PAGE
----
|Born||June 23, 1902|
|Died||December 3, 1935 (aged 33)|
|Marian Thanhouser (Parry)|
|Education||Oakland Technical High School|
|Alma mater||University of California, Berkeley |
University of Paris
|Discipline||Classical studies |
|Sub-discipline||Epic poetry |
Milman Parry (June 23, 1902 – December 3, 1935) was an American Classicist whose theories on the origin of Homer's works have revolutionized Homeric studies to such a fundamental degree that he has been described as the "Darwin of Homeric studies". In addition, he was a pioneer in the discipline of oral tradition.
Parry was born in 1902 in Oakland, California. He grew up in a house full of books, with a father who was self-taught and widely read. He and his siblings often recited poems from memory as a game.
He graduated from Oakland Technical High School in 1919, and studied at the University of California, Berkeley (B.A. and M.A.) where he became proficient in ancient Greek and the Classics. He then studied for a PhD at the Sorbonne in Paris and was a student of the linguist Antoine Meillet.
In his dissertations, which were published in French in 1928, Parry demonstrated that the Homeric style is characterized by the extensive use of fixed expressions, or "formulas", adapted for expressing a given idea under the same metrical conditions. For example, "divine Odysseus", "many-counseled Odysseus", or "much-enduring divine Odysseus" had less to do with moving the story forward than with being in accordance with the amount of material to be fitted into the remainder of the hexameter verse. The oral nature of the poem was evident in the dependence on these devices, both as memory aids and to allow for easier improvisation. They were clues suggesting that the two Homeric epics were not the inventions of a single poet but had been gradually evolved in a long-standing tradition. As one scholar put it, "Parry never solved the Homeric Question [who was Homer]; he demonstrated that it was irrelevant".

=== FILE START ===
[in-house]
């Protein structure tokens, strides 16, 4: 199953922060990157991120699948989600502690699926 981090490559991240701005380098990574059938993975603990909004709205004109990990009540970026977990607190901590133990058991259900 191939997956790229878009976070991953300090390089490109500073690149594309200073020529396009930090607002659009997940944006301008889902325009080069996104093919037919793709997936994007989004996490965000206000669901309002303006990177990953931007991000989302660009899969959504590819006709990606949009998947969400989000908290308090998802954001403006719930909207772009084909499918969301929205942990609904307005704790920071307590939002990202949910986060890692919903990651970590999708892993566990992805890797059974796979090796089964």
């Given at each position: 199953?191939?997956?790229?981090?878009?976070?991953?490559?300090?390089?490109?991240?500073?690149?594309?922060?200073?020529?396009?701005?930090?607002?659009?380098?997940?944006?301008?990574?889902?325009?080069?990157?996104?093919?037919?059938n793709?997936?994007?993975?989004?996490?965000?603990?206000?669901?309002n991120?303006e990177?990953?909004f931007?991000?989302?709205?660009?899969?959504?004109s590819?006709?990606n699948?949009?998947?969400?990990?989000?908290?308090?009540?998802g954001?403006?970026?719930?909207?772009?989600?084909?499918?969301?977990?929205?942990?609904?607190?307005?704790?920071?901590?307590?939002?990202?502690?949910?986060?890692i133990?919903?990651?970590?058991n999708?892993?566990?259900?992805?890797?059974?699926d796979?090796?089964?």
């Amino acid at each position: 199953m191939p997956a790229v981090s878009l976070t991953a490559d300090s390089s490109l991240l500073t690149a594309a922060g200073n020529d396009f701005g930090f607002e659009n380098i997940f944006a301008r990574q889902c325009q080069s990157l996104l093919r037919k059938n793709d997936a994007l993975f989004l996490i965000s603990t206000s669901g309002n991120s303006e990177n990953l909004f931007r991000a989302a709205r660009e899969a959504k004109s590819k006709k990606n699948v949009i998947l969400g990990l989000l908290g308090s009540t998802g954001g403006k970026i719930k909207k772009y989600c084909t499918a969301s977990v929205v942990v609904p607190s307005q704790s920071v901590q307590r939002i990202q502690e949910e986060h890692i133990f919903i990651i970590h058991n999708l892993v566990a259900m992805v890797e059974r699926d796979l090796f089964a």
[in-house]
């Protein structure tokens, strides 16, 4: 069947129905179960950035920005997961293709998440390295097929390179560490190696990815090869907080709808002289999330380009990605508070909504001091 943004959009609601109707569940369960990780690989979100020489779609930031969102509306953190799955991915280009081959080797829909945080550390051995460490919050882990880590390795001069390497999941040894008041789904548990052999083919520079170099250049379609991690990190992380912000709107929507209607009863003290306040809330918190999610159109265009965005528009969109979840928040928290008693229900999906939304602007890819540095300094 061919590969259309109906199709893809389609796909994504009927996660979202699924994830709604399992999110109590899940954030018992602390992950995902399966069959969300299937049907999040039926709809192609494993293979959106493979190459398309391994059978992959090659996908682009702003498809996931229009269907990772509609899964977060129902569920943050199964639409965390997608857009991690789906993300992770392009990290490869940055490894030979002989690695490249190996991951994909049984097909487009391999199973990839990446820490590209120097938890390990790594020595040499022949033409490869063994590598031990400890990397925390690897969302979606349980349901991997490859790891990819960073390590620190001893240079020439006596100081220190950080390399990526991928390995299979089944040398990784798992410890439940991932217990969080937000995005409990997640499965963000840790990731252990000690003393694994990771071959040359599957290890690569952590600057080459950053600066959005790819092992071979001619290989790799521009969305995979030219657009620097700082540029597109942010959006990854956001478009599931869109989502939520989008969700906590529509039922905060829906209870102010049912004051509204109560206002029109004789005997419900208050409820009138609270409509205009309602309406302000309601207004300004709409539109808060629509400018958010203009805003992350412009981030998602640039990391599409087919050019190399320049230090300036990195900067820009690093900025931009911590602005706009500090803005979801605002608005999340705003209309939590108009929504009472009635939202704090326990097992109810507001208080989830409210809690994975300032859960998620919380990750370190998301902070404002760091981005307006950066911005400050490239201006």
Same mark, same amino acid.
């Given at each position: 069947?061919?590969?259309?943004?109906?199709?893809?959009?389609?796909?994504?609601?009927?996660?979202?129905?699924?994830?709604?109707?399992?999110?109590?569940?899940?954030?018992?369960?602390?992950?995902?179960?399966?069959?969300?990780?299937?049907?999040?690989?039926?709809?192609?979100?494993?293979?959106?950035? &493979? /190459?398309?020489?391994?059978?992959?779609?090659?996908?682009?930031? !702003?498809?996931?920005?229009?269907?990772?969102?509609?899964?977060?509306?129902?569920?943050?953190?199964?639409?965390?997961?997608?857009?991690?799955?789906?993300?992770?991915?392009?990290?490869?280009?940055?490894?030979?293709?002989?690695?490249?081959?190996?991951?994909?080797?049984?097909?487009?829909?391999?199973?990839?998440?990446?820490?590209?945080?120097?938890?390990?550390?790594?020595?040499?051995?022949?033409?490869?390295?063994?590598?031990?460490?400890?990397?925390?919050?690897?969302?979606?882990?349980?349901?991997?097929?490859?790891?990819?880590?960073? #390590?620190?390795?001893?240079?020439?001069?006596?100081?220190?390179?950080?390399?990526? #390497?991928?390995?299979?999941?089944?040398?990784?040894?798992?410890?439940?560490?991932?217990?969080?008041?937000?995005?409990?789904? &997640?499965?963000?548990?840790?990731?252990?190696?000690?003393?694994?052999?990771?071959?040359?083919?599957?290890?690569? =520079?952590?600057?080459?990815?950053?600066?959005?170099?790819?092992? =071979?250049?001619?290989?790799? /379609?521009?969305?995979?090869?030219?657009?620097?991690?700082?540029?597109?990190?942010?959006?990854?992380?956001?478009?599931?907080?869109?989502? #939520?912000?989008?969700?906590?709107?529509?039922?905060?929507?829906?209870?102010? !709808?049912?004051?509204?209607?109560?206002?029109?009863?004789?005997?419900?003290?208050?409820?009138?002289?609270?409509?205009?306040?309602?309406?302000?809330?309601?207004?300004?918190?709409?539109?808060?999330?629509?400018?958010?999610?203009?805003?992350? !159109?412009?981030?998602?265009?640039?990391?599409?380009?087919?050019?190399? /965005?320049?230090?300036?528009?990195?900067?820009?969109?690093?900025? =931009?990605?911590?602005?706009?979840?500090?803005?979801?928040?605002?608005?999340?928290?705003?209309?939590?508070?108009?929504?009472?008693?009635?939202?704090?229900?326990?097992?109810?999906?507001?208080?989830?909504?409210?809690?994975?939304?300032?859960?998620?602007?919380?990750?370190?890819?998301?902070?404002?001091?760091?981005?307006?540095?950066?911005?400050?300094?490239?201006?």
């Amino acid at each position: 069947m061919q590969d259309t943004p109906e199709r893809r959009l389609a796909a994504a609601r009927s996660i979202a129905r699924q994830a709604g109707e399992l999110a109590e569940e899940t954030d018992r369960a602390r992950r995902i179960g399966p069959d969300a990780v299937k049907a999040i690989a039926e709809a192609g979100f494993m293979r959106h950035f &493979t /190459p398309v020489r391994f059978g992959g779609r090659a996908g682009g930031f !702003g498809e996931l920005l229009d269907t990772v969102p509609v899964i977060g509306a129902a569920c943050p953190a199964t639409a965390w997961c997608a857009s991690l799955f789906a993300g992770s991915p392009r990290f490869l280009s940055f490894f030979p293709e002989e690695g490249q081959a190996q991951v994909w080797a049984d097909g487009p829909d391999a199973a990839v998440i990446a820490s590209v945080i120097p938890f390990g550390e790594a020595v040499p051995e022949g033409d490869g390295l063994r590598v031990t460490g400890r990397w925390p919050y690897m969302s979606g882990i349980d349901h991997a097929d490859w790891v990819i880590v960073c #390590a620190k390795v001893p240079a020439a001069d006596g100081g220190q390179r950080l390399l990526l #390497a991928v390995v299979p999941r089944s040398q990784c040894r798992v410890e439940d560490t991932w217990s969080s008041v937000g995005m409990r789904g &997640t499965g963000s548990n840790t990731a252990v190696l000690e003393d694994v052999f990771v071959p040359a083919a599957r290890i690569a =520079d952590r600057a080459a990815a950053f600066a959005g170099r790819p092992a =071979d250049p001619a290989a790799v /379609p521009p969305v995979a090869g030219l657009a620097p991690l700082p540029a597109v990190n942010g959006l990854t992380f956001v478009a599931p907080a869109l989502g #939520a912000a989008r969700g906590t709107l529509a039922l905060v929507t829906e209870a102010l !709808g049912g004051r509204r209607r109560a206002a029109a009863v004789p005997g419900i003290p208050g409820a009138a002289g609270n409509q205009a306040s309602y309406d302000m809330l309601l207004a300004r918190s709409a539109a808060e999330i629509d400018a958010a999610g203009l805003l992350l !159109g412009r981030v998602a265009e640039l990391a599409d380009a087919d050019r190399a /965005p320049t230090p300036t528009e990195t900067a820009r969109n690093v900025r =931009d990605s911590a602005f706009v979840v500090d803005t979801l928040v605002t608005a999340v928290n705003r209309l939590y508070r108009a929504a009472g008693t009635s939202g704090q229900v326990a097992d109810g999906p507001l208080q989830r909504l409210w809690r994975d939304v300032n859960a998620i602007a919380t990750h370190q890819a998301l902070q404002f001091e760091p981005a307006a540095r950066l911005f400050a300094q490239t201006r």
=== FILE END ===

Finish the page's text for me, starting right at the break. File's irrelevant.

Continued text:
Between 1933 and 1935 Parry, at the time an assistant professor at Harvard University, made two visits to Yugoslavia, where he studied and recorded oral traditional poetry in Serbo-Croat with the help of his assistant Albert Lord, and a native singer and fixer named Nikola Vujnovi?, who became essential to finding and communicating with other singers, known as the guslar. They worked in Bosnia, where literacy was lowest and the oral tradition was, in the term used by Parry and Lord, "purest". They made thousands of hours of recordings in remote mountain villages of illiterate farmers who sung epic songs of prodigious length from memory. Parry and Lord recorded on newly invented equipment, flat aluminum records instead of vinyl, custom made for the expedition, with only a 5 minute recording time. Discs were continually swapped with a special 2-disc machine to create a single long recording, later transcribed. They also recorded conversations between guslari after it became apparent this was also part of the creative process that fertilized improvisation.
The "jewel of the collection" is The Wedding Song of Smailagi? Meho, by a young Muslim poet named Avdo Me?edovi?, "by far the most skillful and versatile performer whom Milman encountered". At over 12,000 lines and performed over 5 days, it was the closest analogue to Homer in quality and quantity; Parry said one "has the overwhelming sense that, in some way, he is hearing Homer". Mededovi? boasted he knew longer songs.